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April 2014
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Psychiatric Services

A Journal of the American Psychiatric Association Editor: Howard H. Goldman, M.D., Ph.D.
Articles  |  April 1, 2014
A Recovery Measure With Staying Power

Although developed early in the recovery movement, the Recovery Assessment Scale (RAS) has proven to be an effective and reliable measure of the wide spectrum of recovery, including psychological well-being, positive illness outlook, higher levels of social participation and support, sense of belonging, and community participation. Researchers and policy makers can feel assured that the RAS reliably and validly measures recovery, which will further increase research in this critically important area.

Open Forum  |  April 1, 2014
Crisis Intervention Teams: Let’s Close the Evidence Gap

Crisis intervention team models that train police to handle mental health crises in the community have been applauded, but they could become a temporary trend without more research linking specific aspects of the training with behavior changes among police. Major gaps exist in research verifying that changes in officers’ attitudes and skills translate into behavioral change and determining how criminal justice–mental health partnerships affect officers’ behavior, the authors said.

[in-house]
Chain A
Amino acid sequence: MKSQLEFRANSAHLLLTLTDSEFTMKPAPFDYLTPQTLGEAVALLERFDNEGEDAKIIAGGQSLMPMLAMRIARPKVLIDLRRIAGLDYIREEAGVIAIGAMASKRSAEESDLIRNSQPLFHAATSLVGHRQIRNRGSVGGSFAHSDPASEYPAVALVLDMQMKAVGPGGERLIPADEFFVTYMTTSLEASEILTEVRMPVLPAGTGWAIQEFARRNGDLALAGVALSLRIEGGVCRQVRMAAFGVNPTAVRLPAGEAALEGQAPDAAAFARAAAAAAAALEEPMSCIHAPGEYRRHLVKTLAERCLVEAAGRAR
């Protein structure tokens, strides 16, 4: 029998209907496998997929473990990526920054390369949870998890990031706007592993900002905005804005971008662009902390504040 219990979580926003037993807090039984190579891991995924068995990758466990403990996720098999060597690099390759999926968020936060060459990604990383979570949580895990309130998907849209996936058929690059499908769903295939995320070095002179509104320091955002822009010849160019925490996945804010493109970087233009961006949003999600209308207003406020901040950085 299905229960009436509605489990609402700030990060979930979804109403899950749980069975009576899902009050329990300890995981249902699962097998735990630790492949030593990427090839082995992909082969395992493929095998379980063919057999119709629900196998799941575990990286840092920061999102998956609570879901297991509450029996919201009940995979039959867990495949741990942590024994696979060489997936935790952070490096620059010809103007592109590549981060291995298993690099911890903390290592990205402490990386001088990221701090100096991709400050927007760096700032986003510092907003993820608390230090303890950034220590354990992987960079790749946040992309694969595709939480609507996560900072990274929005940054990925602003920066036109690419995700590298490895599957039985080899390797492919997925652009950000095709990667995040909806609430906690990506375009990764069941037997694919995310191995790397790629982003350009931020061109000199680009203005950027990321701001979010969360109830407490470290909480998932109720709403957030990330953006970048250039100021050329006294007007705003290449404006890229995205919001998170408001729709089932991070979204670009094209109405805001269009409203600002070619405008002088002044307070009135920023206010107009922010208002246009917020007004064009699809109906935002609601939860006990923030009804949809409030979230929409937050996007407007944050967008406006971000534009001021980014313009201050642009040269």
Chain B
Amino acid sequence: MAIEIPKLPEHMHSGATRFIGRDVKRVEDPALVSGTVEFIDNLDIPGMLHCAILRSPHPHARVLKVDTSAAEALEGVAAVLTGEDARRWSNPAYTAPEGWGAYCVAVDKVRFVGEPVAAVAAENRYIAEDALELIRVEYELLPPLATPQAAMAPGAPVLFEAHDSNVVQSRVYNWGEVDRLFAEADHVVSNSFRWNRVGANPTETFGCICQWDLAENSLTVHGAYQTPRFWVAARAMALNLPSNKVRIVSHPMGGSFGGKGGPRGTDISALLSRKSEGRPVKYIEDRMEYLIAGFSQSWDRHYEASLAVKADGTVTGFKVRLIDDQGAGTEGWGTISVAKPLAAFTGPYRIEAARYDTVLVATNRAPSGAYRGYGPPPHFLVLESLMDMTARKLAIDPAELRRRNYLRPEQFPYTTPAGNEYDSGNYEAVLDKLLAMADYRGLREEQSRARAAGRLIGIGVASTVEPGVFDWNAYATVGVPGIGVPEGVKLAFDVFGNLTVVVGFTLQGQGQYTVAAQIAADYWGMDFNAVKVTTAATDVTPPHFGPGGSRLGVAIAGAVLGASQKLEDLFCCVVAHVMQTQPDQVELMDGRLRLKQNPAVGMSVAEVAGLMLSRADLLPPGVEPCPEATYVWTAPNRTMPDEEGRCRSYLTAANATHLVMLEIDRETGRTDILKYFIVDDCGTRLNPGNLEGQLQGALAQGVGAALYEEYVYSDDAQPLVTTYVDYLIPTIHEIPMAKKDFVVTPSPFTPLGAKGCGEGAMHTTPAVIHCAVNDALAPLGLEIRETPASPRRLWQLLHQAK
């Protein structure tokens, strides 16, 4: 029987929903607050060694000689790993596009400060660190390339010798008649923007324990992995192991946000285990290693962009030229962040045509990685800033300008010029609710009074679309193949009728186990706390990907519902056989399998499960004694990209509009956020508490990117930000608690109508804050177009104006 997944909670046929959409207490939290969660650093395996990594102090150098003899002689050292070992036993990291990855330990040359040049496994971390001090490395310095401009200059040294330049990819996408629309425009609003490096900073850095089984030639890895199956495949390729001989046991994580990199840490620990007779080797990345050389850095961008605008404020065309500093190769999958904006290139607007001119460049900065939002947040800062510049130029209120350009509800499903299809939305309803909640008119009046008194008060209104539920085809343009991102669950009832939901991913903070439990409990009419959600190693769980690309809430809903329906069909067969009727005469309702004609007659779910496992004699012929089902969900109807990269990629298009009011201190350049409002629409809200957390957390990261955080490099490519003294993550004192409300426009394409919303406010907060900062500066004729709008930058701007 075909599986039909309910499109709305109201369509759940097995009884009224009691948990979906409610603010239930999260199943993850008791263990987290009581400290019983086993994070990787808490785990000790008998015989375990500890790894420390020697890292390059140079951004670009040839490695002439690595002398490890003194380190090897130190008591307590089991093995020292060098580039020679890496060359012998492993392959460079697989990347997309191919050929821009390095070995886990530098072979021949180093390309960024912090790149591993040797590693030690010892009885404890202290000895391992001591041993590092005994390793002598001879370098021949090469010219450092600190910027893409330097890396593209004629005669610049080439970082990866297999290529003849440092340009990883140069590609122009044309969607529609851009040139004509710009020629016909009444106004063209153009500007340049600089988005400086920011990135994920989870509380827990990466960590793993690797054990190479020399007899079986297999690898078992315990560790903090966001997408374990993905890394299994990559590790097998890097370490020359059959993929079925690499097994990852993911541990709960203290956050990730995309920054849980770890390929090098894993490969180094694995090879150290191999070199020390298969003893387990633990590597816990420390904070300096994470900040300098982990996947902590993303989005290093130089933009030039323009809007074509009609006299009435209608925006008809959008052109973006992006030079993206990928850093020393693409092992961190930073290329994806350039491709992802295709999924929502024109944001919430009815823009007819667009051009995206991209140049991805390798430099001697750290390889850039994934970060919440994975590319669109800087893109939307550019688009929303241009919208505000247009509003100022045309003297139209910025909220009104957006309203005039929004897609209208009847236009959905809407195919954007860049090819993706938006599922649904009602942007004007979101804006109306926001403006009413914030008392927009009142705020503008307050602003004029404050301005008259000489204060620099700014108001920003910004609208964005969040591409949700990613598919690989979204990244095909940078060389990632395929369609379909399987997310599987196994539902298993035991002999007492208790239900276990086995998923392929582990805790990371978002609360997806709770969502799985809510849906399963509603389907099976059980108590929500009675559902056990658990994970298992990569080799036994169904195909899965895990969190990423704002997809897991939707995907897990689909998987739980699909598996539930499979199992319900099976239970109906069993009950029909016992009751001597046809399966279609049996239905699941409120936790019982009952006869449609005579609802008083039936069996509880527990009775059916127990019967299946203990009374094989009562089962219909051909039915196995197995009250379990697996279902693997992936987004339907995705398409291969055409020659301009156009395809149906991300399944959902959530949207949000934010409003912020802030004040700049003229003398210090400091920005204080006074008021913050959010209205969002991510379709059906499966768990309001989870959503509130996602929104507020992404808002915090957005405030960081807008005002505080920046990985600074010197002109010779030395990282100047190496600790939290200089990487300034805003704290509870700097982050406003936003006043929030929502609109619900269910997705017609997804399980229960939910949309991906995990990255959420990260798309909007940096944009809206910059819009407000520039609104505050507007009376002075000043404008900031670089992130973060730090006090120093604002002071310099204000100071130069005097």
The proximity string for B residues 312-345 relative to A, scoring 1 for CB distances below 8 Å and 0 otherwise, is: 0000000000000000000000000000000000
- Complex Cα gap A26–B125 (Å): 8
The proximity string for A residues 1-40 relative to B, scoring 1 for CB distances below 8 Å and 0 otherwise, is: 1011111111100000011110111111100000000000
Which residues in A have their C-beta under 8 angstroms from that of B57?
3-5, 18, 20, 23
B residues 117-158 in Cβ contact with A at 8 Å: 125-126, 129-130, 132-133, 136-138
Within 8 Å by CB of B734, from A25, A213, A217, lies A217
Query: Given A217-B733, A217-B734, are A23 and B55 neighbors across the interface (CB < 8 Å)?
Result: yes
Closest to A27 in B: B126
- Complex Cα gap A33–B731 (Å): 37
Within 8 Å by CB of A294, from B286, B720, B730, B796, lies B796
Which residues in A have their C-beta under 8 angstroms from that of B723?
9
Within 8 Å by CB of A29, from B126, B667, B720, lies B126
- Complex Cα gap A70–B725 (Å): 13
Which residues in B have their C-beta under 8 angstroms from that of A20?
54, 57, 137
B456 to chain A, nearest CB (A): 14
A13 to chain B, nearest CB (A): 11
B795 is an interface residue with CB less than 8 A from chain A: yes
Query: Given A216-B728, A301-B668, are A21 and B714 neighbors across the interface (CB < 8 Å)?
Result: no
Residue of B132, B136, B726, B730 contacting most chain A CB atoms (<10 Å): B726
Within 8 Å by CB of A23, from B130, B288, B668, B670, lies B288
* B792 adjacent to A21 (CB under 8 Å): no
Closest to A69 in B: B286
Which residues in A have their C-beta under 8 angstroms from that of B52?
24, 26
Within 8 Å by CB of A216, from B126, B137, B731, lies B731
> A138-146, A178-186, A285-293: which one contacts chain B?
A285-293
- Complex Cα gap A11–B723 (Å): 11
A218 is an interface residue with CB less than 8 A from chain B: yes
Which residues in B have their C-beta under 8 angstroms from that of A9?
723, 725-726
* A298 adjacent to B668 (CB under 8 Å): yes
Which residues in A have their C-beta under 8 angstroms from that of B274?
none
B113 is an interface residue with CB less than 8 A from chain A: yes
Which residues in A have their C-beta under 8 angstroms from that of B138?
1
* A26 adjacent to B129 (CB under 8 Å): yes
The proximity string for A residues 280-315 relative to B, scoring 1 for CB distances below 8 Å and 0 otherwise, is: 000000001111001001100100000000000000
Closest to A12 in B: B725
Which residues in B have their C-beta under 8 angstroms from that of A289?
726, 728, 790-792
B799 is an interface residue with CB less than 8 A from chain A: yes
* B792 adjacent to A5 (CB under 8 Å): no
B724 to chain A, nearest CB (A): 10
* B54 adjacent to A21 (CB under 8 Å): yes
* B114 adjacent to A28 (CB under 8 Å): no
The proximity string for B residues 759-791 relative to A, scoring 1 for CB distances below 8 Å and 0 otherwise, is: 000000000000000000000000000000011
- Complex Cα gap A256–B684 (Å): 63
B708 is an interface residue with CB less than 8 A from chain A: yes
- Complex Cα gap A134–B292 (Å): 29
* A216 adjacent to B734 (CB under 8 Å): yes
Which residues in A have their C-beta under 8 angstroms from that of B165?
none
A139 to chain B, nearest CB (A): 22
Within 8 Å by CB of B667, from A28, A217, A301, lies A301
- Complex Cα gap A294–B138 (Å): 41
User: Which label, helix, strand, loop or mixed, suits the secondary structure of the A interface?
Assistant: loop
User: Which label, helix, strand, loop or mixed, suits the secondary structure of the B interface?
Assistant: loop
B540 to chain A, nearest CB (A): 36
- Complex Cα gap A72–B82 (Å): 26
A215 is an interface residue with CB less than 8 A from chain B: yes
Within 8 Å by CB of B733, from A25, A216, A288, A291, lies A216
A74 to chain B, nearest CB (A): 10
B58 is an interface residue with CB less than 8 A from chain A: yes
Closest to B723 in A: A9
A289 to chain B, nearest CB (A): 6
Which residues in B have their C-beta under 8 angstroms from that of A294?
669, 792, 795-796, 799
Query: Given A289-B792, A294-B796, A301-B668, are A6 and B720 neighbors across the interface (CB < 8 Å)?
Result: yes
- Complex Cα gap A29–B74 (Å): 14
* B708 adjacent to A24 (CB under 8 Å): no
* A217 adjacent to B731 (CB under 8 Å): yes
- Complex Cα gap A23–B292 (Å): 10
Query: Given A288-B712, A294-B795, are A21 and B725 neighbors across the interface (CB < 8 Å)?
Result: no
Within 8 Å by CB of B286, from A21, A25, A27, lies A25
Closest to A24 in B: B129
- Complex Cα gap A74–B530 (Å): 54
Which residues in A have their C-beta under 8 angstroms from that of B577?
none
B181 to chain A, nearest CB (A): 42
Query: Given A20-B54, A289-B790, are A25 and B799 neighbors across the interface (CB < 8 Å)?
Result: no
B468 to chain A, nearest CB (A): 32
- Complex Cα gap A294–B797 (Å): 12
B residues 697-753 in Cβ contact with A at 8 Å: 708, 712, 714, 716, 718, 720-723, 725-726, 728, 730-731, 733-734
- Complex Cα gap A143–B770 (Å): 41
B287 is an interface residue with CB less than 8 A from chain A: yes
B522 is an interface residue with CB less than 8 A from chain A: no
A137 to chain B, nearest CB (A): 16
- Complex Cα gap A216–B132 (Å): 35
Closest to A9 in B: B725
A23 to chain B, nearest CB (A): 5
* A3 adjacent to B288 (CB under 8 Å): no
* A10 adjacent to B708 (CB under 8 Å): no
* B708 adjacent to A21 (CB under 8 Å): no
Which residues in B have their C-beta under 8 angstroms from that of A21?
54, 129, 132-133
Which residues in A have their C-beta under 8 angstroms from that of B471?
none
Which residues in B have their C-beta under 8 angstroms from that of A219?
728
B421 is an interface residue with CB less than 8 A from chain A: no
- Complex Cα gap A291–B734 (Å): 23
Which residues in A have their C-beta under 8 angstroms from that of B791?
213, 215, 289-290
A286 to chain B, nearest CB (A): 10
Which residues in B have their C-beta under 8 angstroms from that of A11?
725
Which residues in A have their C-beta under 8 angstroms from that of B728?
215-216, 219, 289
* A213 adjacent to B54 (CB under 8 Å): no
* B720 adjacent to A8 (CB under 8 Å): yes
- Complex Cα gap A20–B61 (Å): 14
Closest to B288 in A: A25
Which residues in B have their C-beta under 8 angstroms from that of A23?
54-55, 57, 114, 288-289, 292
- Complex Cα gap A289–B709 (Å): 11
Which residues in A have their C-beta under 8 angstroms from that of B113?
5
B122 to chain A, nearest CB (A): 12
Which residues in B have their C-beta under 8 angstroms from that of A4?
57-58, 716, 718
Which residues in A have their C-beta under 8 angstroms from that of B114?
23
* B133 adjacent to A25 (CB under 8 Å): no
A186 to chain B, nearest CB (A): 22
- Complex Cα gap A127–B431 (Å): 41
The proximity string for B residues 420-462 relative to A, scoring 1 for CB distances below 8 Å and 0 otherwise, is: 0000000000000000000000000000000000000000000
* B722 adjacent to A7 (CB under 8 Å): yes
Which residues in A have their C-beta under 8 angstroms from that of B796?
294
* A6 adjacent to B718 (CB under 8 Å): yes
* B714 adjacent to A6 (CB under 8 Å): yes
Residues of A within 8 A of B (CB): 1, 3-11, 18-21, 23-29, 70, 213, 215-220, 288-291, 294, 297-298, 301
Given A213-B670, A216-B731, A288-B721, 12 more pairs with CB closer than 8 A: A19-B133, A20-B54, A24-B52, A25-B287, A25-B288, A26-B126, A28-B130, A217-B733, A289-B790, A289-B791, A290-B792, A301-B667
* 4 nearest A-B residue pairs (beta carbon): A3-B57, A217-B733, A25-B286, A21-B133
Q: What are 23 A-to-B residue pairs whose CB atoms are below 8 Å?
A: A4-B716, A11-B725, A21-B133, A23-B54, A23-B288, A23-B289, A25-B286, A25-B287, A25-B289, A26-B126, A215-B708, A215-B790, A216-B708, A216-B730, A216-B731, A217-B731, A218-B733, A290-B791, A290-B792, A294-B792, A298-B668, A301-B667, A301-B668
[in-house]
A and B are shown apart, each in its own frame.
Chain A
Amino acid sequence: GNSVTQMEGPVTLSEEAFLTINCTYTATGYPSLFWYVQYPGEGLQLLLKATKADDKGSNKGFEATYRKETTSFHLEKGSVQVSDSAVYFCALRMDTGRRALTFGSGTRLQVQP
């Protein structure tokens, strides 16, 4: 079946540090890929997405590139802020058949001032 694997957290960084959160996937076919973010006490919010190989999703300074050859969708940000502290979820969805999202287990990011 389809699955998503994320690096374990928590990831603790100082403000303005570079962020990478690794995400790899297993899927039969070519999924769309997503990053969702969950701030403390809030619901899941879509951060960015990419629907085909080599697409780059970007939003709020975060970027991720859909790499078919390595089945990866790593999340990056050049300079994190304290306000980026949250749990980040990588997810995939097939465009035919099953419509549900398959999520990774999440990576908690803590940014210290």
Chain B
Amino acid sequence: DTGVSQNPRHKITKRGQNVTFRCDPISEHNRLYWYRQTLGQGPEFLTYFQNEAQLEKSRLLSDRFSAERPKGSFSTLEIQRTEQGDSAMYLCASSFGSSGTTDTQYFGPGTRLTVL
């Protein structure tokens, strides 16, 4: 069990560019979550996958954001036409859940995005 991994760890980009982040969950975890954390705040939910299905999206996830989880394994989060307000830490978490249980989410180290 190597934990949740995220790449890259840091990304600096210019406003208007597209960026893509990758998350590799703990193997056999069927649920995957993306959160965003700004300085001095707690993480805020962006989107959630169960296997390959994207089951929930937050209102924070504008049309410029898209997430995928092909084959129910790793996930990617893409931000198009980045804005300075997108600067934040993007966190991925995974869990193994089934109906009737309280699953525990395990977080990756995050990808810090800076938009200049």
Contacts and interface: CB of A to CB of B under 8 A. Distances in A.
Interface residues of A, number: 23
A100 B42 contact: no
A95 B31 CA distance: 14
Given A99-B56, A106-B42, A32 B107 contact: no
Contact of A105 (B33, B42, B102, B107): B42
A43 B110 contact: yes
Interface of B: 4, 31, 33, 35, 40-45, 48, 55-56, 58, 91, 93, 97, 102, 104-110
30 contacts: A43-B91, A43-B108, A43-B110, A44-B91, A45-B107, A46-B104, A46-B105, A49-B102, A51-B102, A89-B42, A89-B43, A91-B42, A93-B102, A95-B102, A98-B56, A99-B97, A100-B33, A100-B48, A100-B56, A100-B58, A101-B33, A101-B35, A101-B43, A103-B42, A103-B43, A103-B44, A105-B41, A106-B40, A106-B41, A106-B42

Assessing the Evidence Base Series  |  April 1, 2014
The Promise of Peer Support Services

Providers of mental health services have shown increasing interest in hiring peer specialists to provide a range of services and supports to persons with severe mental illnesses. In fact, many states are including supports offered by certified peer support specialists as Medicaid-reimbursable services. This literature review found encouraging evidence for the effectiveness of peer support services, but more rigorous studies are needed to pinpoint the contributions of peers, the authors note.

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